You are to revisit and analyse my initial short essay (attached) 500 words APA referencing .... Suggested steps for assignment completion Read the required readings for the designated topics (see down) in their entirety. Read the suggested readings ! Step 2: Identify and briefly summarize central themes and ideas presented in the readings. Instead of discussing readings one by one, try to tease out a few common themes and perspectives that can be drawn from all the readings. Step 3: Revisit my initial short essay. Ask yourself what new light, if any, the themes and ideas introduced in the readings shed on what you discussed in the short essay. Have they allowed you to wonder about things that you did not initially consider? Step 4: Revisit your previous writings see attached and discuss how your initial views have been reshaped or reinforced since them. Step 5: Make sure you’ve made references to a minimum of 6 readings from the designated topics. What we are looking for in your writing? With this assignment, we are asking you to demonstrate the following two things. First, we want you to demonstrate the process of your reflective thinking as you engage with unit readings. This will require you to constantly revisit your state of thinking in previous weeks and analyse how your thinking has changed (or not changed) as the semester progresses. When we say “to engage with unit readings,” we don’t mean at all that you have to agree to what authors argue. We want you to first of all carefully listen to what they have to say. And then consider how you would respond to their claims. Should you disagree with them, discuss your views and experiences that counter them. Second, we want you not only to demonstrate your comprehension of the readings but more importantly your ability to apply the new ideas and concepts introduced by them in interrogating your earlier beliefs and views. My previous short essay: By and large, culture has direct impacts on learning and teaching. In the school setting, multiple types of linguistic, socio-economic, racial and cultural diversity abound given the different backgrounds of the students. For instance, in my past schooling, most of my classmates were from different social, cultural, linguistic and cultural backgrounds. They comprised of students of German, Turkish, Moroccan, African and Iranian descent. Largely therefore, the class was made up of culturally different students who subscribed to different cultural practices, values and learning patterns other than my native German ones. In response to these differences, the school had adopted a form of teaching that accommodated the divergence with German as the only instructional language. As such, students with inadequate skills in German were required to enrol in language classes before joining the institution. Similarly, classmates shared individual cultures among themselves and organise multicultural events that allowed them to celebrate diversity. Additionally, teachers used the unique cultures in enhancing the academic performance of the entire class. This involved exploitation of work styles of different ethnicities especially those that emphasise group success. The teachers also clarified incorrect portrayals of various ethnic groups to enhance understanding of cultural in the classroom. These efforts appropriately addressed the diversity among the students, thereby facilitating learning. As a teacher of a racially, socio-economically, and linguistically diverse students I would adopt a number of strategies to ensure learning. Firstly, given the immigrant students’ difficulties with English as the instructional language, I would employ the symbolic curriculum. The culturally receptive curriculum would allow me to use bulletin board posters, decorations and banners to deliver multicultural content through easily understandable symbols. This would also reduce the need to solely rely on language for instruction. Secondly, I would adopt instructional strategies that utilise learning patterns emphasized by the students’ cultures. Thirdly, I would organise a multicultural day during which students and their parents would be required to present and share their ethnic dishes. Topic 4 Required readings McIntosh, P. 2005, ‘White privilege: Unpacking the invisible knapsack’, in White Privilege: Essential Readings on the Other Side of Racism, 2nd edition, ed. P. S. Rothenberg, Worth Publishers, New York, pp. 109-113. Tatum, B. D. 1994, ‘Teaching white students about racism: The search for white allies and the restoration of hope’, Teachers College Record, vol. 95, no. 4, pp. 462-475. Wise, T. 2008, ‘Privilege’, in White like me: Reflections on race from a privileged son, Soft Skull Press, New York, pp. 17-60. Topic 4 Suggested readings Dalton, H. 2005, ‘Failing to see’, in White privilege: Essential readings on the other side of racism, 2nd edition, ed. P. S. Rothenberg, Worth Publishers, New York, pp. 15-18. Hickling-Hudson, A. 2005, ‘‘White’, ‘ethnic’ and Indigenous’: Pre-service teachers reflect on discourses of ethnicity in Australian culture,’ Policy Futures in Education, vol. 3, no. 4, pp. 340-358. Howard, R. G. 2006, ‘White dominance and the weight of the West’, in We can`t teach what we don’t know, Teachers College Press, New York, pp. 29- 52. Johnson, A. G. 2005, ‘Privilege as paradox’, in White privilege: essential readings on the other side of racism, 2nd edn., ed. P. S. Rothenberg, Worth Publishers, New York, pp. 103-107. Johnson, L. 2002, ‘“My eyes have been opened”: white teachers and racial awareness’, Journal of Teacher Education, vol. 53, no. 2, pp. 153-167. Tatum, B. D. 1992, ‘Talking about race, learning about racism: The application of racial identity development theory in the classroom’, Harvard Educational Review, vol. 62, no. 1, pp. 1-24.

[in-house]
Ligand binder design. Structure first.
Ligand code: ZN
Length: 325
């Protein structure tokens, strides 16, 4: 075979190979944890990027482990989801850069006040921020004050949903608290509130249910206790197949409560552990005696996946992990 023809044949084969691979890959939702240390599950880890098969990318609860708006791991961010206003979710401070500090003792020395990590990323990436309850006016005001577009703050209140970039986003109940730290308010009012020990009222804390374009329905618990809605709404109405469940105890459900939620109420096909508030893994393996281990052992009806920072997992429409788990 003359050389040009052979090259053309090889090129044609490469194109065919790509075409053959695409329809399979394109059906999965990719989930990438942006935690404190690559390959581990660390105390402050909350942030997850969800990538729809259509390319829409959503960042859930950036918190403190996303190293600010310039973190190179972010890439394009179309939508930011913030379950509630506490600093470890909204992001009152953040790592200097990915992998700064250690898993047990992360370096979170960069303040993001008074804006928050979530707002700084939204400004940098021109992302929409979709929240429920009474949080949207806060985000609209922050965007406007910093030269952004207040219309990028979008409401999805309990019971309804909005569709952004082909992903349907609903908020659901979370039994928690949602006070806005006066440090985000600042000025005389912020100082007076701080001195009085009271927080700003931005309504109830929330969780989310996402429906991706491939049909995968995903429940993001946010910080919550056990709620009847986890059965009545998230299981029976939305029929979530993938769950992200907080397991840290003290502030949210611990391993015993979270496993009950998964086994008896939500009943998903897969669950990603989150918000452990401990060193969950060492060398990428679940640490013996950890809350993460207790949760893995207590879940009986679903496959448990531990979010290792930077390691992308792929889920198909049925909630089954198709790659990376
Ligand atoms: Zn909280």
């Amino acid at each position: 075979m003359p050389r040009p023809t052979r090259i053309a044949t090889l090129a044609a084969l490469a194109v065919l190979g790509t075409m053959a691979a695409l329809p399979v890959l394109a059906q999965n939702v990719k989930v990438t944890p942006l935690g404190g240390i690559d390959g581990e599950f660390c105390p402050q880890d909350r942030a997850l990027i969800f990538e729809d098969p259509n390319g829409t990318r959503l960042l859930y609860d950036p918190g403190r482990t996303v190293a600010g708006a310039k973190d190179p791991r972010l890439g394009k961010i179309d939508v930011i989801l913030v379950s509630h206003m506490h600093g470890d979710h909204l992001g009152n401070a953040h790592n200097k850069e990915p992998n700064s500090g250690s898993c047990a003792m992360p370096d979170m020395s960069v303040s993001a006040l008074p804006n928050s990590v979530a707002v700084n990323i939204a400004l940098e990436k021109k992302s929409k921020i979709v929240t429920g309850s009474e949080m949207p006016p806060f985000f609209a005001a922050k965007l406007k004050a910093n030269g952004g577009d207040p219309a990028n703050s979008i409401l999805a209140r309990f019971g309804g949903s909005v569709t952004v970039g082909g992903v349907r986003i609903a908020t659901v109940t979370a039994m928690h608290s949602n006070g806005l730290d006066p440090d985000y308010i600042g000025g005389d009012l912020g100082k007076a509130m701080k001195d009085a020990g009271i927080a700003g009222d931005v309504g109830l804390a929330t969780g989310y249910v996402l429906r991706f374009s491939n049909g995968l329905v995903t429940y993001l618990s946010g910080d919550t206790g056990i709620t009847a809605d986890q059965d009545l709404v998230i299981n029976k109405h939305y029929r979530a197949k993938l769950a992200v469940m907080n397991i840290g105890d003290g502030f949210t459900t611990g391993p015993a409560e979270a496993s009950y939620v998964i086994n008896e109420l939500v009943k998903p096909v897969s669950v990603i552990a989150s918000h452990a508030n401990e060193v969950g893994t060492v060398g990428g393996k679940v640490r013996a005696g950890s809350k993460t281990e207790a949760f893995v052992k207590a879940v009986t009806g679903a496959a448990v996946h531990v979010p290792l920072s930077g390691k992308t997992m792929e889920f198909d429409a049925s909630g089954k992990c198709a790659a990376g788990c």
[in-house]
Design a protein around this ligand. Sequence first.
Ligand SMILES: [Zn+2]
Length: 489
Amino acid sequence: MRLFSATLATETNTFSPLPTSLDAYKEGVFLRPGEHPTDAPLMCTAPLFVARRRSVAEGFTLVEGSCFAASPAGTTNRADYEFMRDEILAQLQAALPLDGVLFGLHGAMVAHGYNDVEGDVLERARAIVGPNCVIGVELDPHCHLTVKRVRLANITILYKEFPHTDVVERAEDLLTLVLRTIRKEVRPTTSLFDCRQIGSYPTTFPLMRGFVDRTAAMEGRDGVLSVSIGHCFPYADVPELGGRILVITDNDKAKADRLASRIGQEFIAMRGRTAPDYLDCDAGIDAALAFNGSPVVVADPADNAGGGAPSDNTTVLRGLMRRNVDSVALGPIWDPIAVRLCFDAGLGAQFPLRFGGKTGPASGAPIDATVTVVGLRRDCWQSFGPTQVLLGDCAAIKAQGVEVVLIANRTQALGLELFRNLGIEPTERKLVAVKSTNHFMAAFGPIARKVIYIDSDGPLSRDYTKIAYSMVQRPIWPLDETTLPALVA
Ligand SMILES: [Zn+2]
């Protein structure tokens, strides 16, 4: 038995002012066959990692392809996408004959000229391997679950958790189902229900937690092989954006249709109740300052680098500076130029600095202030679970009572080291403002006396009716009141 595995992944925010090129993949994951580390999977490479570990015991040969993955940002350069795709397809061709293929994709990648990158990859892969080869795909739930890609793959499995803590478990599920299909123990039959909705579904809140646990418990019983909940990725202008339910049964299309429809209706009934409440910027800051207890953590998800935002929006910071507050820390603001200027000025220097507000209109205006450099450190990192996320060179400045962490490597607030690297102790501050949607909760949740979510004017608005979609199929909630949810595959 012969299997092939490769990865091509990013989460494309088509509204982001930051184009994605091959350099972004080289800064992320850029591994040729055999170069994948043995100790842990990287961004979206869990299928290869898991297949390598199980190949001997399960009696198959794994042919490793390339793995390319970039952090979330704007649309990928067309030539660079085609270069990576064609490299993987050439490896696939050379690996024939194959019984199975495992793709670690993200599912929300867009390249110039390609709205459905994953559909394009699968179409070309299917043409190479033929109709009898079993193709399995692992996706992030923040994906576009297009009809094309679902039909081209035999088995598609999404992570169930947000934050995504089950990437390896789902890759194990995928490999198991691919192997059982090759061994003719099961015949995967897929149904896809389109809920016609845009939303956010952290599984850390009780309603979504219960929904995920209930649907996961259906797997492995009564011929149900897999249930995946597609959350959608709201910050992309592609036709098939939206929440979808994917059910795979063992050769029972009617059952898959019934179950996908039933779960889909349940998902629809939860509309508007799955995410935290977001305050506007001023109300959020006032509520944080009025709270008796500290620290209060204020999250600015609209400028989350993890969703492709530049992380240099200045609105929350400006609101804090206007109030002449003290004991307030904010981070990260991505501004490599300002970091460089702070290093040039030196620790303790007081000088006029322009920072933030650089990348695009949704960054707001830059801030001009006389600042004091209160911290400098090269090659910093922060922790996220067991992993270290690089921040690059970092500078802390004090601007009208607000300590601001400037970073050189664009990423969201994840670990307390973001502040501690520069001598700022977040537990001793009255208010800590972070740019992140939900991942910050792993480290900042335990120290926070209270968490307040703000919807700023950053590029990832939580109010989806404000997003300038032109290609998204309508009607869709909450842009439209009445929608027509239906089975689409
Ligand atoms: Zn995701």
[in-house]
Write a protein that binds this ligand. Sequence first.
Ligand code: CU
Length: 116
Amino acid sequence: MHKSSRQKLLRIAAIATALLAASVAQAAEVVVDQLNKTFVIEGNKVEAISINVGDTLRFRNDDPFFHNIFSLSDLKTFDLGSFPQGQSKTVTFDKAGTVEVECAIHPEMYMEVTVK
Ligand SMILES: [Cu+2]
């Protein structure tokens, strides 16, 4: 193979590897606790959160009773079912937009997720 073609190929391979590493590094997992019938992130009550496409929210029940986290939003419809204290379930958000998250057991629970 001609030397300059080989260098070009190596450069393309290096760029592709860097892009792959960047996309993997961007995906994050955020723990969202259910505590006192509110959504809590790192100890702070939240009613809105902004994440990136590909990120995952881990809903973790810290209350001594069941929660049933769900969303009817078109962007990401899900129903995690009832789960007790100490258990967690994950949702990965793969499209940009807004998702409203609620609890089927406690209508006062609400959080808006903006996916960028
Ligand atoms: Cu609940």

Aboriginal Learning and Teaching StrategiesName:Institution: One of the central ideas that the readings are putting forward is that of racism. Different schools have different cultural assimilation, where in most of the cases there is more than one race within any given class setting. There are various aspects that influence the ability of the students to interact and learn from their class activities, given the environment that has been set forthwith by the schools administration (McIntosh, 2005). The society does assert some form of privileges to the white races as opposed to the other races, which implicates the ability of the students to learn depending on the which group they belong to (Johnson, L.,2002). There is also the theme of regulating the school systems such that the curricular and the non-curricular activities encourage the students to respect the diverse cultural backgrounds that various students come from. By learning the various cultural differences that exist between the various cultural backgrounds, the students learn to appreciate each other and encourage learning in class and out of class (Johnson, A. ,2005). This practically enrolls the assistance from the teachers as they go about in designing teaching and learning activities and techniques. Teaching the students ties in with the theme of leaning about racism. Where the teachers incorporate racism lessons, for the students to learn about how it affects their leaning abilities and the society in general (Dalton, 2005). When the students learn about without the fear and guilt, they tend to hasten the cultural assimilation process. In light of the readings from the unit, there is the unifying idea on how th...